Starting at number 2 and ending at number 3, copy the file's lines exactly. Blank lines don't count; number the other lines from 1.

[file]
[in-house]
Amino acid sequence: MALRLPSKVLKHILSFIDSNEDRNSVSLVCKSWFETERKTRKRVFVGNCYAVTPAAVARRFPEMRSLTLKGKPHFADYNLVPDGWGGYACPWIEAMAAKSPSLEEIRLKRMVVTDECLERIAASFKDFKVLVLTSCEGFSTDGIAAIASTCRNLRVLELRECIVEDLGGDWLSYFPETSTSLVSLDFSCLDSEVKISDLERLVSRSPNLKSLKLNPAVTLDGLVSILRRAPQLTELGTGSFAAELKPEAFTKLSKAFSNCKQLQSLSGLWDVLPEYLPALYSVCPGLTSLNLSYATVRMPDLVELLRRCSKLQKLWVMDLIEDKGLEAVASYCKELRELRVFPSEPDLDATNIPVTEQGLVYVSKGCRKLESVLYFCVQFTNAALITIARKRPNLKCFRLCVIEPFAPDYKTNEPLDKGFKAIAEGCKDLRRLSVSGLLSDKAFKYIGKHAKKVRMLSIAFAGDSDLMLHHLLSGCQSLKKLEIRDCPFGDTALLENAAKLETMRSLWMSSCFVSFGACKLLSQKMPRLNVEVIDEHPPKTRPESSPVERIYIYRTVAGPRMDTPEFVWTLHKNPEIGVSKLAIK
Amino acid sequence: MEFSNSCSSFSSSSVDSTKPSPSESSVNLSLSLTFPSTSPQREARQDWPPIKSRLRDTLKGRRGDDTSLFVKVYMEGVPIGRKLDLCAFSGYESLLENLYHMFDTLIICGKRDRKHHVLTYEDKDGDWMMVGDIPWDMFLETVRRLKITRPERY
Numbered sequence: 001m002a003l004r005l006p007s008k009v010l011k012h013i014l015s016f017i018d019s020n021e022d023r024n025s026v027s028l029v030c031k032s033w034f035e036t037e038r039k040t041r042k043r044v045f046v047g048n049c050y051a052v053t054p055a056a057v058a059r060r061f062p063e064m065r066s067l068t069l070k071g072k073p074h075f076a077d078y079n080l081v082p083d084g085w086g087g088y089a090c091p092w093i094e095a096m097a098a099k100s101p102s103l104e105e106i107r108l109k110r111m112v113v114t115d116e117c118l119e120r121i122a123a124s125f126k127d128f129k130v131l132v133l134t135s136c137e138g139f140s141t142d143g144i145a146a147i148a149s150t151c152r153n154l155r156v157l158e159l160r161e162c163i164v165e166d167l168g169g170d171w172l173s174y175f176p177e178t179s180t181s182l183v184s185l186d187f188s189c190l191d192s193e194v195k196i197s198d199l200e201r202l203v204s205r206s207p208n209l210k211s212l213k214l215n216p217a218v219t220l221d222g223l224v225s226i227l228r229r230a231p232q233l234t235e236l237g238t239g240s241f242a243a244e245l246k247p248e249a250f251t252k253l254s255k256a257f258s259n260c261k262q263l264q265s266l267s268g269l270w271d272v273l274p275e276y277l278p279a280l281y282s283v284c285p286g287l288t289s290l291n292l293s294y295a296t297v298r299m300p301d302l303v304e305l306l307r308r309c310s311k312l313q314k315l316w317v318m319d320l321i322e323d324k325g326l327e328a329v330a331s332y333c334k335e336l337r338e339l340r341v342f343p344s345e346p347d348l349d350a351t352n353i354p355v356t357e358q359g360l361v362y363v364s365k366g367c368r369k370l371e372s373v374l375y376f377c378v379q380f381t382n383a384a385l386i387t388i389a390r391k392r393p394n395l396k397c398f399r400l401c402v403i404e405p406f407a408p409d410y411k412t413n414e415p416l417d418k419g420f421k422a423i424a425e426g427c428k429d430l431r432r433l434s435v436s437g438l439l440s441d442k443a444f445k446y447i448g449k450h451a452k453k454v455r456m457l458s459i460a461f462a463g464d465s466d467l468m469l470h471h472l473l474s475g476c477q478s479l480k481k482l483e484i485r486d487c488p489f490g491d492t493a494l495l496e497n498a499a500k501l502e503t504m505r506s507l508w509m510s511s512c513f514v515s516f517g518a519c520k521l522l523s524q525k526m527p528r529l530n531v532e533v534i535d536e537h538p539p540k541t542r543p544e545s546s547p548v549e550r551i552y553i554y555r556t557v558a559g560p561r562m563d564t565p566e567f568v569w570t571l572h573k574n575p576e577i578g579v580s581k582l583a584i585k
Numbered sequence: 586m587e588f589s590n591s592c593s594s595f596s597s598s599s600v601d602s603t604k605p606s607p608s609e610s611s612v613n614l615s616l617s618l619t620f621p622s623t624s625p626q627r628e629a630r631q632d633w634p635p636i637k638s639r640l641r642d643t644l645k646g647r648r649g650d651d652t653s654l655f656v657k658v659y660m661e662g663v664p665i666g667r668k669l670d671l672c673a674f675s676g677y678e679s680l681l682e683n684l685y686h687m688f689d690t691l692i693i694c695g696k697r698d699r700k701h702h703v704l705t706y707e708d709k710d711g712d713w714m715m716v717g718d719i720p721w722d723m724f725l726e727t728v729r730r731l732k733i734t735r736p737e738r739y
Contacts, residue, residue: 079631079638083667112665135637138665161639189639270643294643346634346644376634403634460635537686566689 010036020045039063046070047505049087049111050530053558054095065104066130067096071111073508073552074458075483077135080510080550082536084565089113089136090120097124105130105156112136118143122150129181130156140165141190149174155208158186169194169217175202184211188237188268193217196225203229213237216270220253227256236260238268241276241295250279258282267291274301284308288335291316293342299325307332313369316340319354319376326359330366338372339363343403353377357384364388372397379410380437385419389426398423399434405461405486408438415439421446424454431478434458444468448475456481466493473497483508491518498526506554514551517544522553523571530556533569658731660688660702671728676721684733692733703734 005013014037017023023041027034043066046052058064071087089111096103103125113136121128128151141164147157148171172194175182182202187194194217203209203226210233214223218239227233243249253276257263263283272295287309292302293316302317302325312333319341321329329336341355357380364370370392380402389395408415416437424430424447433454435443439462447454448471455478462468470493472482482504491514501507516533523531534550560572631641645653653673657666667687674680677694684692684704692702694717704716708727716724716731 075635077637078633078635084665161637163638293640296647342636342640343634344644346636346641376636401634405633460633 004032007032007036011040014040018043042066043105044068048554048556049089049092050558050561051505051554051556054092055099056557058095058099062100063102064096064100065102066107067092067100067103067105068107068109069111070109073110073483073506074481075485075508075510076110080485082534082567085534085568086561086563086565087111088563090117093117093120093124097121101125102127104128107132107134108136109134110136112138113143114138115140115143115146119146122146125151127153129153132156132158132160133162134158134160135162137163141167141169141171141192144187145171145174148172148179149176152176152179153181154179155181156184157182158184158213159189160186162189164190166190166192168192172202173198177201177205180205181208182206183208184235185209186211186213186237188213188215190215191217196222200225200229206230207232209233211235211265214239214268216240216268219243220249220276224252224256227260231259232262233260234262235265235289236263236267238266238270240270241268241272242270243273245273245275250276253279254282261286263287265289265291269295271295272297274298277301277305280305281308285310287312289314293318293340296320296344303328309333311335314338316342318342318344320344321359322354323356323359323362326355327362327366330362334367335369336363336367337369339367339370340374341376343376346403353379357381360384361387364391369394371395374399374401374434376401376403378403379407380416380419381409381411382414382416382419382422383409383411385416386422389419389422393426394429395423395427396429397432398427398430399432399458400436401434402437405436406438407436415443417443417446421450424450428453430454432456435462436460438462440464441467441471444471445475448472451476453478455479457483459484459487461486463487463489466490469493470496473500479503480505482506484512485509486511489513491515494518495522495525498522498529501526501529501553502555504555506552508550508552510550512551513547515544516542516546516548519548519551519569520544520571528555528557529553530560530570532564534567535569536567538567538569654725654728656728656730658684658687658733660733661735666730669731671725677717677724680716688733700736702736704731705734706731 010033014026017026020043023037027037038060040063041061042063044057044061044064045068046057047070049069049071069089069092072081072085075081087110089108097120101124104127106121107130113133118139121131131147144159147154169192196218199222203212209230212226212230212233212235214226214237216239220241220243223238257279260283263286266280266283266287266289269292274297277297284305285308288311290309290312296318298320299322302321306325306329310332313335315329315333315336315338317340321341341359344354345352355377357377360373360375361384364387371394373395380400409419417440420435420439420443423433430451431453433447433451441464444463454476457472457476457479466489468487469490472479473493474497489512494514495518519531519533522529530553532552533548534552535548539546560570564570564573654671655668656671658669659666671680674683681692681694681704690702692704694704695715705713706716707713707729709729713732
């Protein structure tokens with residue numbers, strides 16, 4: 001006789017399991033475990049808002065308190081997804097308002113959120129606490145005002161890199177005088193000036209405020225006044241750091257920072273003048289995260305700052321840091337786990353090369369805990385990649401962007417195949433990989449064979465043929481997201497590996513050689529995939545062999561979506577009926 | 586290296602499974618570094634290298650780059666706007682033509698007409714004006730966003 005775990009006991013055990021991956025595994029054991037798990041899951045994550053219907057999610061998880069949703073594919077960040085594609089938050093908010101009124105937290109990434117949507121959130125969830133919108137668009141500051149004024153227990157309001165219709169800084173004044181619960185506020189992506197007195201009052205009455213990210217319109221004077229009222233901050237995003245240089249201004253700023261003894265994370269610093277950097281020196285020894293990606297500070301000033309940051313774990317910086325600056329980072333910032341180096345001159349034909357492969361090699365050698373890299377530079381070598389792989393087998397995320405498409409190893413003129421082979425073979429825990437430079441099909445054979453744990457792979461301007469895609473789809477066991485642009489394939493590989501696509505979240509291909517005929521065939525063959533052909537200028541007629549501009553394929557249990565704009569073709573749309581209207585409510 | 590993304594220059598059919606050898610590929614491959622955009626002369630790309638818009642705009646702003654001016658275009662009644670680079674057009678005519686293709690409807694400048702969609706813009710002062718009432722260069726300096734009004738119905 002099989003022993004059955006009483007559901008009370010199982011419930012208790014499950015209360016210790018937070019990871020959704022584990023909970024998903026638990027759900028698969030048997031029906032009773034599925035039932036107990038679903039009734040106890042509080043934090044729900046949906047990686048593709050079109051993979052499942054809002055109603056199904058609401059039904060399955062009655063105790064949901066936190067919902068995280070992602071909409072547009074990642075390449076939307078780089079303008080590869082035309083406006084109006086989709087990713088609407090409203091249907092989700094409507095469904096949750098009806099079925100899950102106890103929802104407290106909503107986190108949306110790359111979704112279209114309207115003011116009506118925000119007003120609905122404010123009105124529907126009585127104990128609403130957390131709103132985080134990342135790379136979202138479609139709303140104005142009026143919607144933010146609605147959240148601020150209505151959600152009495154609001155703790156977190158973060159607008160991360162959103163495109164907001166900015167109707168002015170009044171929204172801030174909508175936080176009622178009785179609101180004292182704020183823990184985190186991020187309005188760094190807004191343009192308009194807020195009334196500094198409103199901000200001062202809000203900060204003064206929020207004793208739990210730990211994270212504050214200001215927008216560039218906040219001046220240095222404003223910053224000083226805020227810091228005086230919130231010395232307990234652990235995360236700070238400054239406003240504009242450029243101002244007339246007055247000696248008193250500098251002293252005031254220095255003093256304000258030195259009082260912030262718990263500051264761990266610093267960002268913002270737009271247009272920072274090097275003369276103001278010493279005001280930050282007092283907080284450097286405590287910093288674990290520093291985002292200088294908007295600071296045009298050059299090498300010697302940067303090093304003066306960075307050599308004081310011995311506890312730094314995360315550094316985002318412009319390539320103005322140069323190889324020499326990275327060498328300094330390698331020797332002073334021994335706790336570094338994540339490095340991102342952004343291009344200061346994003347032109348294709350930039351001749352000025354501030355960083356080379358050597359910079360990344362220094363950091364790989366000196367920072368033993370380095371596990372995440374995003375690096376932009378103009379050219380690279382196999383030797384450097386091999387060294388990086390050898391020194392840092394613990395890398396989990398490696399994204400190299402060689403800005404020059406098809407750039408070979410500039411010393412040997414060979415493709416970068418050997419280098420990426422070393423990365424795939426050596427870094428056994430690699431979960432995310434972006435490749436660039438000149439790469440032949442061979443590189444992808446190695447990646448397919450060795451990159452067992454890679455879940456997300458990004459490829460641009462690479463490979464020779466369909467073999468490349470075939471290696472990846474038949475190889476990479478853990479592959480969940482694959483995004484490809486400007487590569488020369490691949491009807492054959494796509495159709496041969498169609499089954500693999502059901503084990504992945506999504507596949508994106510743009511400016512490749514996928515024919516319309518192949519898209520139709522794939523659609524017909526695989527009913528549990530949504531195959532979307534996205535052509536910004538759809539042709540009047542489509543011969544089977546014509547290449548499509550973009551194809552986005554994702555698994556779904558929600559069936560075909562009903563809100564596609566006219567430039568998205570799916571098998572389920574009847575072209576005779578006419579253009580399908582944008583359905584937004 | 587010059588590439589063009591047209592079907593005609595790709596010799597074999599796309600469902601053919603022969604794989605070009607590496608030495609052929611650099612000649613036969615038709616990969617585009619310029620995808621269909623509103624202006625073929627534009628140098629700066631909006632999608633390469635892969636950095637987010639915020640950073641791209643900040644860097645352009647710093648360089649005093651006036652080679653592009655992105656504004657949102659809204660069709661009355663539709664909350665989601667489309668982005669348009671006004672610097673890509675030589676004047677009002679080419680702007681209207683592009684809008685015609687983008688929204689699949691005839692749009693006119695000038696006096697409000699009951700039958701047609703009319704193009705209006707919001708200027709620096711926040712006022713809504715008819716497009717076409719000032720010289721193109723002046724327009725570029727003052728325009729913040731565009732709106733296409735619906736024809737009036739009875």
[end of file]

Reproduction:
Amino acid sequence: MALRLPSKVLKHILSFIDSNEDRNSVSLVCKSWFETERKTRKRVFVGNCYAVTPAAVARRFPEMRSLTLKGKPHFADYNLVPDGWGGYACPWIEAMAAKSPSLEEIRLKRMVVTDECLERIAASFKDFKVLVLTSCEGFSTDGIAAIASTCRNLRVLELRECIVEDLGGDWLSYFPETSTSLVSLDFSCLDSEVKISDLERLVSRSPNLKSLKLNPAVTLDGLVSILRRAPQLTELGTGSFAAELKPEAFTKLSKAFSNCKQLQSLSGLWDVLPEYLPALYSVCPGLTSLNLSYATVRMPDLVELLRRCSKLQKLWVMDLIEDKGLEAVASYCKELRELRVFPSEPDLDATNIPVTEQGLVYVSKGCRKLESVLYFCVQFTNAALITIARKRPNLKCFRLCVIEPFAPDYKTNEPLDKGFKAIAEGCKDLRRLSVSGLLSDKAFKYIGKHAKKVRMLSIAFAGDSDLMLHHLLSGCQSLKKLEIRDCPFGDTALLENAAKLETMRSLWMSSCFVSFGACKLLSQKMPRLNVEVIDEHPPKTRPESSPVERIYIYRTVAGPRMDTPEFVWTLHKNPEIGVSKLAIK
Amino acid sequence: MEFSNSCSSFSSSSVDSTKPSPSESSVNLSLSLTFPSTSPQREARQDWPPIKSRLRDTLKGRRGDDTSLFVKVYMEGVPIGRKLDLCAFSGYESLLENLYHMFDTLIICGKRDRKHHVLTYEDKDGDWMMVGDIPWDMFLETVRRLKITRPERY